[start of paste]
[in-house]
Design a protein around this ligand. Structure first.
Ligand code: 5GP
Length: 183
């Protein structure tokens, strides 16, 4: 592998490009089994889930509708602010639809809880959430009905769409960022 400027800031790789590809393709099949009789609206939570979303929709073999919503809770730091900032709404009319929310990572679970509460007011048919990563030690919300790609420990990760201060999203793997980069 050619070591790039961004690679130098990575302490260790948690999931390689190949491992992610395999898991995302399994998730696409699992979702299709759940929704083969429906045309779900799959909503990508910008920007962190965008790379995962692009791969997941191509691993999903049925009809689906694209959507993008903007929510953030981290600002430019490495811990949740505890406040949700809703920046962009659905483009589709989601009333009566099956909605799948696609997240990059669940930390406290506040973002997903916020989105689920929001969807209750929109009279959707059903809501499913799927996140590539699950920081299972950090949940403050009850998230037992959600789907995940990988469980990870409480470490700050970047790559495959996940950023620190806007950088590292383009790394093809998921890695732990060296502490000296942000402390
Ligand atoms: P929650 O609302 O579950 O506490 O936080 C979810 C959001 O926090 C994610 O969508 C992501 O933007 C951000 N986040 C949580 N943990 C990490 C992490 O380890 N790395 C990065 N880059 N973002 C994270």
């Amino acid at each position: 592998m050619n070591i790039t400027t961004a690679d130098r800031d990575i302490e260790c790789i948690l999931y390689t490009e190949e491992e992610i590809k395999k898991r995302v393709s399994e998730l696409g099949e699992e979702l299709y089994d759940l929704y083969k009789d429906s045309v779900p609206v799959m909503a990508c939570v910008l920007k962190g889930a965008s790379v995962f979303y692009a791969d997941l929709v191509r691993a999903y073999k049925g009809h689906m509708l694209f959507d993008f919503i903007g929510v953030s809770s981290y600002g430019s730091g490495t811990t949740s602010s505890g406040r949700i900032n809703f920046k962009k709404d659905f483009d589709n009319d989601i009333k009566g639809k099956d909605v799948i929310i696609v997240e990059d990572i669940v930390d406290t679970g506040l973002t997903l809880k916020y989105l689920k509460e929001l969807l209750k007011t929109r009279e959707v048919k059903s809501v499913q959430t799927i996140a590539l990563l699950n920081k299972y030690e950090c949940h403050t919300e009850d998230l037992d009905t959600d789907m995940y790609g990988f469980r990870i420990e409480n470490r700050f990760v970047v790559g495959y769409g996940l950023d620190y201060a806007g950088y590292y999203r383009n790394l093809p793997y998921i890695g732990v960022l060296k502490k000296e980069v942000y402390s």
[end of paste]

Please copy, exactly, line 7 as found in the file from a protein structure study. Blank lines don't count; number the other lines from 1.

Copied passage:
């Amino acid at each position: 592998m050619n070591i790039t400027t961004a690679d130098r800031d990575i302490e260790c790789i948690l999931y390689t490009e190949e491992e992610i590809k395999k898991r995302v393709s399994e998730l696409g099949e699992e979702l299709y089994d759940l929704y083969k009789d429906s045309v779900p609206v799959m909503a990508c939570v910008l920007k962190g889930a965008s790379v995962f979303y692009a791969d997941l929709v191509r691993a999903y073999k049925g009809h689906m509708l694209f959507d993008f919503i903007g929510v953030s809770s981290y600002g430019s730091g490495t811990t949740s602010s505890g406040r949700i900032n809703f920046k962009k709404d659905f483009d589709n009319d989601i009333k009566g639809k099956d909605v799948i929310i696609v997240e990059d990572i669940v930390d406290t679970g506040l973002t997903l809880k916020y989105l689920k509460e929001l969807l209750k007011t929109r009279e959707v048919k059903s809501v499913q959430t799927i996140a590539l990563l699950n920081k299972y030690e950090c949940h403050t919300e009850d998230l037992d009905t959600d789907m995940y790609g990988f469980r990870i420990e409480n470490r700050f990760v970047v790559g495959y769409g996940l950023d620190y201060a806007g950088y590292y999203r383009n790394l093809p793997y998921i890695g732990v960022l060296k502490k000296e980069v942000y402390s």